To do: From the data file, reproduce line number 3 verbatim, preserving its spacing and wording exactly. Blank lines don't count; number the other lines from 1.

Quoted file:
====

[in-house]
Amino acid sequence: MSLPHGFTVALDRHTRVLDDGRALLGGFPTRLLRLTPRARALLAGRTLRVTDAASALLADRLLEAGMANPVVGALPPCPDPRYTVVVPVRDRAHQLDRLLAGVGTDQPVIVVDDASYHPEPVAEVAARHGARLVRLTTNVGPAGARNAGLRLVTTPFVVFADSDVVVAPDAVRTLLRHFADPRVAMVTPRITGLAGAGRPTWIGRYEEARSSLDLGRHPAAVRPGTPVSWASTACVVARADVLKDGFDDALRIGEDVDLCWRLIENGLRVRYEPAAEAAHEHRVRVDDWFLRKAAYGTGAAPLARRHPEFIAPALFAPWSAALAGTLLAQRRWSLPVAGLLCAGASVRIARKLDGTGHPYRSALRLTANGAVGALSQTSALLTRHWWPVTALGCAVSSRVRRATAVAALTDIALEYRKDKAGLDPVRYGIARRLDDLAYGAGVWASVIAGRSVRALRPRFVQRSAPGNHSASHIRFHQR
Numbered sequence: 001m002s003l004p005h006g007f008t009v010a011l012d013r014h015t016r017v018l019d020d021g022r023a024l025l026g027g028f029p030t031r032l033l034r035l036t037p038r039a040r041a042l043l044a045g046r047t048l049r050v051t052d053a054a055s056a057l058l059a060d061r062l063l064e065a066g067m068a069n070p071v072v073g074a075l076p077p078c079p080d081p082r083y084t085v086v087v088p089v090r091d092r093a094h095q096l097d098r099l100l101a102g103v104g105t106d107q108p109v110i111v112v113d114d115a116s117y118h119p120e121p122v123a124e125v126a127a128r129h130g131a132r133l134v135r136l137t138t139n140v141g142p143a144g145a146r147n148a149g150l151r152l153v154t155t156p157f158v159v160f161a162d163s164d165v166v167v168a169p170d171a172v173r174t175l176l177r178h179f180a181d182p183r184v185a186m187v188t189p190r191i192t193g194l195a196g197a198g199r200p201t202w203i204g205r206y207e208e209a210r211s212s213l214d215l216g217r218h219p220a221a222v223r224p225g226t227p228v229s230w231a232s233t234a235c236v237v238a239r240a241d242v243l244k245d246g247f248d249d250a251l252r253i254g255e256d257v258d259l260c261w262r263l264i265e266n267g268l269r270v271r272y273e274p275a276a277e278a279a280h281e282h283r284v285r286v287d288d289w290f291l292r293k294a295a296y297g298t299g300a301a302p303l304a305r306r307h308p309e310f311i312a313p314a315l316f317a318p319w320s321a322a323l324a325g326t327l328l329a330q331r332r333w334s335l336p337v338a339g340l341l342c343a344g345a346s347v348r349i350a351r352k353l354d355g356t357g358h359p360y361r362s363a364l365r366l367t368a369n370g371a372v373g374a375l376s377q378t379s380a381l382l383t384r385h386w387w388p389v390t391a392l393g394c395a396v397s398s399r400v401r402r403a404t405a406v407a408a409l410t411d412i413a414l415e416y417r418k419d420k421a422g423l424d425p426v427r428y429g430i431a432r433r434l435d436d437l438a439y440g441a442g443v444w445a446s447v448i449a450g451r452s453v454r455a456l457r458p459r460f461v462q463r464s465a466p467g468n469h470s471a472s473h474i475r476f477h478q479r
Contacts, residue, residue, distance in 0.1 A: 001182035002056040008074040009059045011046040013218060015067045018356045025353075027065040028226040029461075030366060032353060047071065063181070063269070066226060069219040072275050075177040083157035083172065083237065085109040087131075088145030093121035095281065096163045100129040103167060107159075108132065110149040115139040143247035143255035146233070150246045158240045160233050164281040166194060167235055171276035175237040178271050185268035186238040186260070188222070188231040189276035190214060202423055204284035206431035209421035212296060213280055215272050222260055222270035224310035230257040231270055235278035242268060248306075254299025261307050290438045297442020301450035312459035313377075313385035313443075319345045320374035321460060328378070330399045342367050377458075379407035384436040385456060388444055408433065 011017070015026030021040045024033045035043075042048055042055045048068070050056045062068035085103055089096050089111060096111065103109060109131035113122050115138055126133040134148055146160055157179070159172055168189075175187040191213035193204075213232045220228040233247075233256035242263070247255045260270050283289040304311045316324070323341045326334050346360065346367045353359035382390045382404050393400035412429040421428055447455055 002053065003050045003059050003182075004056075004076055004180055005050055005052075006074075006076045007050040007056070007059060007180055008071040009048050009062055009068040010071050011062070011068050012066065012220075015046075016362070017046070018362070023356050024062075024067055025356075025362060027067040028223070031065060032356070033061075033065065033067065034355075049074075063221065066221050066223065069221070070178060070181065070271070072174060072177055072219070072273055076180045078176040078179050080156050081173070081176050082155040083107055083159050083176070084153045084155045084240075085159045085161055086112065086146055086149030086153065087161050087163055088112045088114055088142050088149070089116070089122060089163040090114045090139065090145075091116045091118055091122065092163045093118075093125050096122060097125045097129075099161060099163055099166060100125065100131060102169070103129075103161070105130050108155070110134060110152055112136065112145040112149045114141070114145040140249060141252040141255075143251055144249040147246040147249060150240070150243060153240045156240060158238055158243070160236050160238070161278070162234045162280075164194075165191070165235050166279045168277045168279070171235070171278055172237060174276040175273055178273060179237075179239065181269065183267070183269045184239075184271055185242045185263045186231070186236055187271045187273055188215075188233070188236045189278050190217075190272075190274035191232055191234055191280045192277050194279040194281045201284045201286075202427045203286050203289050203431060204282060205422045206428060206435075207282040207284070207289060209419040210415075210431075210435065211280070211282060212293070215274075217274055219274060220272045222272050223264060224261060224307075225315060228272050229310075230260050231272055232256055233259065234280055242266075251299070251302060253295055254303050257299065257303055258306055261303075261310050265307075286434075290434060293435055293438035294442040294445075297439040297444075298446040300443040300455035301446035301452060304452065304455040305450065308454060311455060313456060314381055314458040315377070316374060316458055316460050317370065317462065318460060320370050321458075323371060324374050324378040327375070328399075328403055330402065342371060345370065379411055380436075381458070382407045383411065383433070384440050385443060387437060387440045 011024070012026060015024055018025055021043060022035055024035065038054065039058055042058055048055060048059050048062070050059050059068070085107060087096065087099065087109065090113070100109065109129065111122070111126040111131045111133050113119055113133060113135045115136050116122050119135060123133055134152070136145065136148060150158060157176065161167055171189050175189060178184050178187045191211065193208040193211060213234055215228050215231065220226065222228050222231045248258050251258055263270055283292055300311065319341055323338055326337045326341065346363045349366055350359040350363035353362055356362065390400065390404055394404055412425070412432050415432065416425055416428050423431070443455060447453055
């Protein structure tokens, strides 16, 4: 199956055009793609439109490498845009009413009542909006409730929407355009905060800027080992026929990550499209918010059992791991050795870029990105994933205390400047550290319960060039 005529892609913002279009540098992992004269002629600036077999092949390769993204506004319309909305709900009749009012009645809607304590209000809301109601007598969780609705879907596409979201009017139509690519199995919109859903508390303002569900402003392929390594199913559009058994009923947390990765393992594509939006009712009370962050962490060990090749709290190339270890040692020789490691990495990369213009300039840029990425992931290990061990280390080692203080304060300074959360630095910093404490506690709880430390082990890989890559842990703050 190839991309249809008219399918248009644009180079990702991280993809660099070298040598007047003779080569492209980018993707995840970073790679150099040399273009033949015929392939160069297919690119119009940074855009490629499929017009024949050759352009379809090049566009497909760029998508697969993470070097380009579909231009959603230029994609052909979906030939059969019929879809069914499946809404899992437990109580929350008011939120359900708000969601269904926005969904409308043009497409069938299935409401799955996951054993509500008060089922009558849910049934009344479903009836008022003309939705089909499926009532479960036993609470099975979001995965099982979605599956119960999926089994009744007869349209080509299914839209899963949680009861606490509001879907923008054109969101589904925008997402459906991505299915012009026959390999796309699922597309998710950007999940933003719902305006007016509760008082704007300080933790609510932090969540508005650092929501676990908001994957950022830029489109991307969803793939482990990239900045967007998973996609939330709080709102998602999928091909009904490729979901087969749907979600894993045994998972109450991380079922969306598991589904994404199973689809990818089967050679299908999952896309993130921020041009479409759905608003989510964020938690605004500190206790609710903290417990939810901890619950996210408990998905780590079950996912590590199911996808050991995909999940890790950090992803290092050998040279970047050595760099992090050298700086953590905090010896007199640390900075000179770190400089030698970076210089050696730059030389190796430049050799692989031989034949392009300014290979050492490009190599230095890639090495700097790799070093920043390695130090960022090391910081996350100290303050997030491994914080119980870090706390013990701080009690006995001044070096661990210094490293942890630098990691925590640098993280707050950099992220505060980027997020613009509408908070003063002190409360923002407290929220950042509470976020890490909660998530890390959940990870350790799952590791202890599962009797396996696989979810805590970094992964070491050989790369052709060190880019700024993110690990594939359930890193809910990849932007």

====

Numbered sequence: 001m002s003l004p005h006g007f008t009v010a011l012d013r014h015t016r017v018l019d020d021g022r023a024l025l026g027g028f029p030t031r032l033l034r035l036t037p038r039a040r041a042l043l044a045g046r047t048l049r050v051t052d053a054a055s056a057l058l059a060d061r062l063l064e065a066g067m068a069n070p071v072v073g074a075l076p077p078c079p080d081p082r083y084t085v086v087v088p089v090r091d092r093a094h095q096l097d098r099l100l101a102g103v104g105t106d107q108p109v110i111v112v113d114d115a116s117y118h119p120e121p122v123a124e125v126a127a128r129h130g131a132r133l134v135r136l137t138t139n140v141g142p143a144g145a146r147n148a149g150l151r152l153v154t155t156p157f158v159v160f161a162d163s164d165v166v167v168a169p170d171a172v173r174t175l176l177r178h179f180a181d182p183r184v185a186m187v188t189p190r191i192t193g194l195a196g197a198g199r200p201t202w203i204g205r206y207e208e209a210r211s212s213l214d215l216g217r218h219p220a221a222v223r224p225g226t227p228v229s230w231a232s233t234a235c236v237v238a239r240a241d242v243l244k245d246g247f248d249d250a251l252r253i254g255e256d257v258d259l260c261w262r263l264i265e266n267g268l269r270v271r272y273e274p275a276a277e278a279a280h281e282h283r284v285r286v287d288d289w290f291l292r293k294a295a296y297g298t299g300a301a302p303l304a305r306r307h308p309e310f311i312a313p314a315l316f317a318p319w320s321a322a323l324a325g326t327l328l329a330q331r332r333w334s335l336p337v338a339g340l341l342c343a344g345a346s347v348r349i350a351r352k353l354d355g356t357g358h359p360y361r362s363a364l365r366l367t368a369n370g371a372v373g374a375l376s377q378t379s380a381l382l383t384r385h386w387w388p389v390t391a392l393g394c395a396v397s398s399r400v401r402r403a404t405a406v407a408a409l410t411d412i413a414l415e416y417r418k419d420k421a422g423l424d425p426v427r428y429g430i431a432r433r434l435d436d437l438a439y440g441a442g443v444w445a446s447v448i449a450g451r452s453v454r455a456l457r458p459r460f461v462q463r464s465a466p467g468n469h470s471a472s473h474i475r476f477h478q479r